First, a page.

Blatter rejects talk of crisis as FIFA's scandal widens
Published 31/05/2011 | 05:00
IN an extraordinary piece of football theatre which ended amid farcical scenes, Sepp Blatter last night denied that Fifa was in crisis despite another of day of escalating scandal around senior figures in football's governing body.
During a fractious press conference in Zurich, Mr Blatter said: "Crisis? What is a crisis? Football is not in a crisis. We are not in a crisis, we are only in some difficulties."
The conference, which followed a meeting of Fifa's executive committee, broke up with an angry Mr Blatter exiting the room as a German journalist shouted questions after him.
The 75-year-old Swiss refused to comment on a leaked email from his general secretary, Jerome Valcke, that Qatar had "bought" the 2022 World Cup and claimed there was no evidence that the Qatar bid was "touched" by corruption claims and so FIFA would do "nothing". Mr Blatter, who is set to be handed a fourth term as Fifa president in tomorrow's uncontested election, also ruled out any prospect of a re-vote on the 2022 result. He said: "There is no issue with the World Cup 2022."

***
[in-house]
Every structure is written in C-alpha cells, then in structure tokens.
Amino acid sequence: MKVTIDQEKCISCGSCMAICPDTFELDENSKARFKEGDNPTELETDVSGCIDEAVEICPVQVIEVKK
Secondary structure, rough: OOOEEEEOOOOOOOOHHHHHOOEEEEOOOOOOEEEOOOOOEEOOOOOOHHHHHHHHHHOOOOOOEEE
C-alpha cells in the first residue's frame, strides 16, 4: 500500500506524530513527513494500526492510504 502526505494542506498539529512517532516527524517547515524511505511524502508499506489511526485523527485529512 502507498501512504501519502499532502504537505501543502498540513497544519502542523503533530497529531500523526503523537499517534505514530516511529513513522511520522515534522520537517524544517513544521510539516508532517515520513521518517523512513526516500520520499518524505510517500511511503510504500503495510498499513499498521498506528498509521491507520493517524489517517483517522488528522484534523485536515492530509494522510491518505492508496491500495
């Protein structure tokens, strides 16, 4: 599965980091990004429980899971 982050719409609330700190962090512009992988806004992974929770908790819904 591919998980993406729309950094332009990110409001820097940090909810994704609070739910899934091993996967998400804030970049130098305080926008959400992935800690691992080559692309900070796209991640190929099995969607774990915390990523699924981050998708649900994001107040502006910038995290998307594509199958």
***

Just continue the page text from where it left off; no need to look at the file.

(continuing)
He became more irritated as the 30-minute conference progressed. At one point, when asked why he had allowed Fifa's reputation to be "damaged on his watch", he pointedly looked at his wristwatch. Later he snapped: "Please respect me. We are not in a bazaar here we are in Fifa House."
He insisted: "Fifa is strong enough that we can deal with our problems inside Fifa. We can solve our problems." But those problems are mounting rapidly, whatever Mr Blatter may claim. Throughout yesterday, claim and counter-claim swept around the lobbies of Zurich's high-end hotels. It leaves Fifa in a state of turmoil ahead of the opening of its two-day annual congress tonight, at which the presidential election will take place. Jack Warner had promised that a "tsunami" would hit football following the suspensions of him and Mohamed bin Hammam over bribery allegations and has since hit out at Mr Blatter and Mr Valcke. The most damaging is his publication of an email sent to him by Mr Valcke in which the Frenchman, a key ally of Mr Blatter, wrote that Qatar had "bought" the 2022 World Cup finals.
That prompted a furious reaction from Qatar, the small Emirate state that emerged as the shock hosts of the finals after a controversial vote in Zurich last December. It threatened legal action and has denied any wrongdoing.